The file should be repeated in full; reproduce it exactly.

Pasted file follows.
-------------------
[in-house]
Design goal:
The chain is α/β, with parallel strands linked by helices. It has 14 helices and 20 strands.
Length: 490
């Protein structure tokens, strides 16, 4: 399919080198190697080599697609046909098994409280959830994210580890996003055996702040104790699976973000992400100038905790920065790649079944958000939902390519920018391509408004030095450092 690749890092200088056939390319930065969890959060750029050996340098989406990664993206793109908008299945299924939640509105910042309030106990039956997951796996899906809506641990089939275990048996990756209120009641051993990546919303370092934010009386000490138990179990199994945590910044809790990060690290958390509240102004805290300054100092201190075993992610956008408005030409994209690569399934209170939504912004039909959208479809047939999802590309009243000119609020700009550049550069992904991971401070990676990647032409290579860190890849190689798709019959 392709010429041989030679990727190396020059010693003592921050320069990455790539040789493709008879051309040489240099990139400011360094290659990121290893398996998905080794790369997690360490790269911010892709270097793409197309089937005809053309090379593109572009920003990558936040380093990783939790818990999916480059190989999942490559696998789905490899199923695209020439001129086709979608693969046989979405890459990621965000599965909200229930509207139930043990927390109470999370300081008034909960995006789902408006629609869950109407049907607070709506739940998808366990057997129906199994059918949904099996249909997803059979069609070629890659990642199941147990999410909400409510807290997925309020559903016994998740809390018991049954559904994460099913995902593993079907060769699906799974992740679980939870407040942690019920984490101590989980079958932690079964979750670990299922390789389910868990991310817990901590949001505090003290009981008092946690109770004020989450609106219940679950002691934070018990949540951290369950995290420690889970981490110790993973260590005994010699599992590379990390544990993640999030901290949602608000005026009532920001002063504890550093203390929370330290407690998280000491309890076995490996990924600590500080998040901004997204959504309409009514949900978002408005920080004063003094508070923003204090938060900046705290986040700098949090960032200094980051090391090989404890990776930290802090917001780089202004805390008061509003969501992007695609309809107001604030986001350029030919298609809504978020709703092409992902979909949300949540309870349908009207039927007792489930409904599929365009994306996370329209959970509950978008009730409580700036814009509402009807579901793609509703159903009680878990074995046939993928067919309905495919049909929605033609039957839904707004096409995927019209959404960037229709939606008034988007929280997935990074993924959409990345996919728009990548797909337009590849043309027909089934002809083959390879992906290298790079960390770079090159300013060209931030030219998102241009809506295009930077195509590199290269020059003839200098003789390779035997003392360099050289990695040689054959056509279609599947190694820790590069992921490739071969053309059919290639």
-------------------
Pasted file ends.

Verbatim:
[in-house]
Design goal:
The chain is α/β, with parallel strands linked by helices. It has 14 helices and 20 strands.
Length: 490
């Protein structure tokens, strides 16, 4: 399919080198190697080599697609046909098994409280959830994210580890996003055996702040104790699976973000992400100038905790920065790649079944958000939902390519920018391509408004030095450092 690749890092200088056939390319930065969890959060750029050996340098989406990664993206793109908008299945299924939640509105910042309030106990039956997951796996899906809506641990089939275990048996990756209120009641051993990546919303370092934010009386000490138990179990199994945590910044809790990060690290958390509240102004805290300054100092201190075993992610956008408005030409994209690569399934209170939504912004039909959208479809047939999802590309009243000119609020700009550049550069992904991971401070990676990647032409290579860190890849190689798709019959 392709010429041989030679990727190396020059010693003592921050320069990455790539040789493709008879051309040489240099990139400011360094290659990121290893398996998905080794790369997690360490790269911010892709270097793409197309089937005809053309090379593109572009920003990558936040380093990783939790818990999916480059190989999942490559696998789905490899199923695209020439001129086709979608693969046989979405890459990621965000599965909200229930509207139930043990927390109470999370300081008034909960995006789902408006629609869950109407049907607070709506739940998808366990057997129906199994059918949904099996249909997803059979069609070629890659990642199941147990999410909400409510807290997925309020559903016994998740809390018991049954559904994460099913995902593993079907060769699906799974992740679980939870407040942690019920984490101590989980079958932690079964979750670990299922390789389910868990991310817990901590949001505090003290009981008092946690109770004020989450609106219940679950002691934070018990949540951290369950995290420690889970981490110790993973260590005994010699599992590379990390544990993640999030901290949602608000005026009532920001002063504890550093203390929370330290407690998280000491309890076995490996990924600590500080998040901004997204959504309409009514949900978002408005920080004063003094508070923003204090938060900046705290986040700098949090960032200094980051090391090989404890990776930290802090917001780089202004805390008061509003969501992007695609309809107001604030986001350029030919298609809504978020709703092409992902979909949300949540309870349908009207039927007792489930409904599929365009994306996370329209959970509950978008009730409580700036814009509402009807579901793609509703159903009680878990074995046939993928067919309905495919049909929605033609039957839904707004096409995927019209959404960037229709939606008034988007929280997935990074993924959409990345996919728009990548797909337009590849043309027909089934002809083959390879992906290298790079960390770079090159300013060209931030030219998102241009809506295009930077195509590199290269020059003839200098003789390779035997003392360099050289990695040689054959056509279609599947190694820790590069992921490739071969053309059919290639």